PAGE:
So, in fact, did co-star Matthew Goode (Match Point, A Single Man), who called it “turgid” in an interview a month after its release, admitting that he took the role primarily for its Irish locations, “so that I could come home at the weekends. It wasn’t because of the script, trust me. I was told it was going to be like The Quiet Man with a Vaughan Williams soundtrack, but in the end it turned out to have pop music all over it. Do I feel I let myself down? No. Was it a bad job? Yes, it was. But, you know, I had a nice time and I got paid.”
Agent Kermit D. Fonz's rating:
People who added this item 1903 Average listal rating (1287 ratings) 4.9 IMDB Rating 5
The Happening (2008)
Mark Wahlberg, The Happening

Though she may wish to forget Leap Year, Amy Adams did manage to avoid one of the biggest bombs of her Fighter co-star Mark Wahlberg’s career.

“We had actually had the luxury of having lunch before to talk about another movie and it was a bad movie that I did,” he told reporters at a press conference for their Oscar-winning 2010 effort. “She dodged the bullet. And then I was still able to … I don’t want to tell you what movie … All right. The Happening. Fuck it. It is what it is. Fucking trees, man. The plants. Fuck it. You can’t blame me for not wanting to try to play a science teacher. At least I wasn’t playing a cop or a crook.” Wait, The Happening is bad? What? No!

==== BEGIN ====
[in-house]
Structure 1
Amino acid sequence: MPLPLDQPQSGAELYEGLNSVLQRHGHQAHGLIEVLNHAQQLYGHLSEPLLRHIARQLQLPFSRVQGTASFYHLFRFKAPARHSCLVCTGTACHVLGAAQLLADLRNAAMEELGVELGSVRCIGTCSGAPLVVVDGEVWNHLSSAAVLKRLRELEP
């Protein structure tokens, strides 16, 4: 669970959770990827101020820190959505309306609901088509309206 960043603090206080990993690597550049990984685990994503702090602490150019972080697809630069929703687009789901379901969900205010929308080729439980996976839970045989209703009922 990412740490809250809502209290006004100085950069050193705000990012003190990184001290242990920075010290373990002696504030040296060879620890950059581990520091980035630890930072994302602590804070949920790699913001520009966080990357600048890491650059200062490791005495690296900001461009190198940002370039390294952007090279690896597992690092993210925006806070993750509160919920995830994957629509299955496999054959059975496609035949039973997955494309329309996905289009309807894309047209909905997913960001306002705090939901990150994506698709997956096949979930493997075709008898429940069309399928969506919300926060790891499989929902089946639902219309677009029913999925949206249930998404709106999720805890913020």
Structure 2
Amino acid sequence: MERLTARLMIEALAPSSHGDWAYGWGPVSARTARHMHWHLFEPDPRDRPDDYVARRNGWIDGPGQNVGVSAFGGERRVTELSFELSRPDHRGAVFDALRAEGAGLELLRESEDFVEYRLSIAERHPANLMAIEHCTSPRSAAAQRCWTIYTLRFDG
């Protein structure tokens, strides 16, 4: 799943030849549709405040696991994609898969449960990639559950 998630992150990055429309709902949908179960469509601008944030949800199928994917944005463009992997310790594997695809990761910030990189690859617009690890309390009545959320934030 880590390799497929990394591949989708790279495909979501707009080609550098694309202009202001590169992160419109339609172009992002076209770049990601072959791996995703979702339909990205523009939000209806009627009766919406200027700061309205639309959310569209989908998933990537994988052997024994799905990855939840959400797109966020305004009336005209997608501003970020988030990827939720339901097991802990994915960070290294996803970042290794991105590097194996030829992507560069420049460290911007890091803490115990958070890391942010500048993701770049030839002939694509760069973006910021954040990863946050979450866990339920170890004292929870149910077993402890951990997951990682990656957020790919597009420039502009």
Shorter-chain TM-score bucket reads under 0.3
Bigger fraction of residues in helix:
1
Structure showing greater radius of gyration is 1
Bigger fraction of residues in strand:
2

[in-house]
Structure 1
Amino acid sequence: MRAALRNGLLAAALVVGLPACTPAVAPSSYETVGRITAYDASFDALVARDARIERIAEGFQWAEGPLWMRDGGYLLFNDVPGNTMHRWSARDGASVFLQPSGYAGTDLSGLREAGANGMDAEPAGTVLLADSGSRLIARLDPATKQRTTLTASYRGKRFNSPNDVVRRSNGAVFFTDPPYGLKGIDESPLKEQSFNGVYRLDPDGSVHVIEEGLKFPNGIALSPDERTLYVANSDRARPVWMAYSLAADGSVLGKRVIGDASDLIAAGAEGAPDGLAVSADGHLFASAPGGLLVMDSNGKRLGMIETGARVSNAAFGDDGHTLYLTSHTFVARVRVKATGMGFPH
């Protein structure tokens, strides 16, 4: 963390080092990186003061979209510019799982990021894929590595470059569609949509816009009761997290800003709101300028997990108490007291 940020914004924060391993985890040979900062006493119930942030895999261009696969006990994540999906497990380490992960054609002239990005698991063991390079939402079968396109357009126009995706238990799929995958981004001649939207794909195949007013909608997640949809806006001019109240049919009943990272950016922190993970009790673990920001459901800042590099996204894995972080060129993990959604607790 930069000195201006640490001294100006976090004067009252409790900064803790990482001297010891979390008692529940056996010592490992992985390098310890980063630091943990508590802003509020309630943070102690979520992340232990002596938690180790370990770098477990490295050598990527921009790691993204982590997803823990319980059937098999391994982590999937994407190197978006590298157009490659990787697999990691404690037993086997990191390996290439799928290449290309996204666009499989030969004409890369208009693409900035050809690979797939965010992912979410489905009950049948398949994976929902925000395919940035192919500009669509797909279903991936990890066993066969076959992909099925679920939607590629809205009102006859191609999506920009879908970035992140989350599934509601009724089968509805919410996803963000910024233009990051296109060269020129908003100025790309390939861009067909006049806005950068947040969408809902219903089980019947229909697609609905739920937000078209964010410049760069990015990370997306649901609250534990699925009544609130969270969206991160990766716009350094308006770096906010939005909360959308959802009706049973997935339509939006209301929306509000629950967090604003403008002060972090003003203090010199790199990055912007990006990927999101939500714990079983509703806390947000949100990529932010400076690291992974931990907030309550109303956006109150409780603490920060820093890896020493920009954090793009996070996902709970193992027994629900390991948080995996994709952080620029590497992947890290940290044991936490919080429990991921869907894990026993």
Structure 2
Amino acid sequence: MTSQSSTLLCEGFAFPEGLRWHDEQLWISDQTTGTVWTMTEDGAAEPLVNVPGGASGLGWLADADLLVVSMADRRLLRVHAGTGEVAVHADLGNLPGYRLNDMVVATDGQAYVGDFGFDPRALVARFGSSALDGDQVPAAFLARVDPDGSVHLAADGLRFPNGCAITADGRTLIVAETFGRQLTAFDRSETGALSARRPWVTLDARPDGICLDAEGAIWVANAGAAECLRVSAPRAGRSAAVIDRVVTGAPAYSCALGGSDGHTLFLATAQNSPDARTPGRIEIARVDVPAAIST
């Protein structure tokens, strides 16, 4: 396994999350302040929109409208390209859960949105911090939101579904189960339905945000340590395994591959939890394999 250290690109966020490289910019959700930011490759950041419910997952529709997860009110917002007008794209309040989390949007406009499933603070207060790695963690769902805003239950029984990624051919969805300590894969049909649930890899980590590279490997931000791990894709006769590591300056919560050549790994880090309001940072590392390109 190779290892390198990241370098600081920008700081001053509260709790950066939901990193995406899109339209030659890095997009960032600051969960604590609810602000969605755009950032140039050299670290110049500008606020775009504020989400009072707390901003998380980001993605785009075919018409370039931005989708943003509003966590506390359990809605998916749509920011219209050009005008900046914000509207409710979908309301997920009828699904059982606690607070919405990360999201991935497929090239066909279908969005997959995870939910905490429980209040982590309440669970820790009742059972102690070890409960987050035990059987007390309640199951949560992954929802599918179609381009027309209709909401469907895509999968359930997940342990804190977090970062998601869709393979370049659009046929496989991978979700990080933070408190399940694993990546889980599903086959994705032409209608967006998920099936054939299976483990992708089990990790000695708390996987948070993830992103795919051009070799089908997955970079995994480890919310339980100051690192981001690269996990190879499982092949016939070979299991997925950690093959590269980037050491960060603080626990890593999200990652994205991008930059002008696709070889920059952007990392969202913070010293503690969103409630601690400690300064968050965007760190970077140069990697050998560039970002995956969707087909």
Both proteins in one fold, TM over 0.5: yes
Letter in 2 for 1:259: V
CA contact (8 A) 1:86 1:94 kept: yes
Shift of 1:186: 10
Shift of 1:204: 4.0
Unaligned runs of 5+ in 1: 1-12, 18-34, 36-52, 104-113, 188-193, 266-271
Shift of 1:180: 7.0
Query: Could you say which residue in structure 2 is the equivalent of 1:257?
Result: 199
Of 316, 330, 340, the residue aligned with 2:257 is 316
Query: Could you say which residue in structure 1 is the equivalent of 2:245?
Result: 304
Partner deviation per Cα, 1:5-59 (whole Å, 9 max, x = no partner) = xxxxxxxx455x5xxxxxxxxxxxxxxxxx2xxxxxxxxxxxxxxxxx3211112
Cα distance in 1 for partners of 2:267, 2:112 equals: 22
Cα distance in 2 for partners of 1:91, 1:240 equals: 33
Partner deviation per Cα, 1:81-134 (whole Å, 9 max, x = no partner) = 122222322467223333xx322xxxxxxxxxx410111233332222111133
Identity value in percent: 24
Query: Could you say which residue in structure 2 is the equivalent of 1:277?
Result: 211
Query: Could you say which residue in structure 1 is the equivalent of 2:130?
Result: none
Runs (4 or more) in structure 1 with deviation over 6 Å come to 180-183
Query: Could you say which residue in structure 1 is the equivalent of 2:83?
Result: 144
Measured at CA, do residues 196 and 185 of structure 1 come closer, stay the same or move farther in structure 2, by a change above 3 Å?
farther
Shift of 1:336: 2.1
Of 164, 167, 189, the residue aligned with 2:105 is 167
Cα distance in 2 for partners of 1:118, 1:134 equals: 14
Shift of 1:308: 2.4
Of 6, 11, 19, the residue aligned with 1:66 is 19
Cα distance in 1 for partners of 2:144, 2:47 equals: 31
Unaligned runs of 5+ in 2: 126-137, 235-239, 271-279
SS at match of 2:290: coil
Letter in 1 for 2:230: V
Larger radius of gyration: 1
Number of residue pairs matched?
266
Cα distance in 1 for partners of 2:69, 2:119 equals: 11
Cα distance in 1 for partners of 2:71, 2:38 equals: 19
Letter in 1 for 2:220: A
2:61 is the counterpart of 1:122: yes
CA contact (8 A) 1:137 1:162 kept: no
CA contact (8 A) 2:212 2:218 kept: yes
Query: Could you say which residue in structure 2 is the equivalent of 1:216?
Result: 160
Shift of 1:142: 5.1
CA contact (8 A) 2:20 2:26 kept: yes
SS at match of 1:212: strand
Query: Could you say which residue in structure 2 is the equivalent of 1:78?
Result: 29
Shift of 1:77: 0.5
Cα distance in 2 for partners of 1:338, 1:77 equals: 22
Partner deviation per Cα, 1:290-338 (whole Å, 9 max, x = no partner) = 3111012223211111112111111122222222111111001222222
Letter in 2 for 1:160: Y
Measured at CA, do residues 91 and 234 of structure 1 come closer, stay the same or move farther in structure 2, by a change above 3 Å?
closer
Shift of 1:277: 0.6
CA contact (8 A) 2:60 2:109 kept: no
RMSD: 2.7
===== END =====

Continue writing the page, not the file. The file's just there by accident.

Agent Kermit D. Fonz's rating:
People who added this item 352 Average listal rating (236 ratings) 4.9 IMDB Rating 5.8
Charlize Theron, Reindeer Games

Theron was still a starlet on the rise when she co-starred in Reindeer Games, an utterly brain-dead heist movie co-starring Ben Affleck and Gary Sinise and directed by the great John Frankenheimer, who was a long way from The Manchurian Candidate.

The witless script (by Ehren Kruger, the Rhodes scholar who went on to pen Scream 3 and the last two Transfomers movies) serves two primary functions: to set up an utterly nonsensical eleventh-hour plot twist that even Shyamalan would pass on, and to create as many excuses as possible to get Theron naked. But the charmingly candid actress harbors no illusions about the film. “That was a bad, bad, bad movie,” she admitted in 2007. “But … I got to work with John Frankenheimer. I wasn’t lying to myself — that’s why I did it.”
Agent Kermit D. Fonz's rating: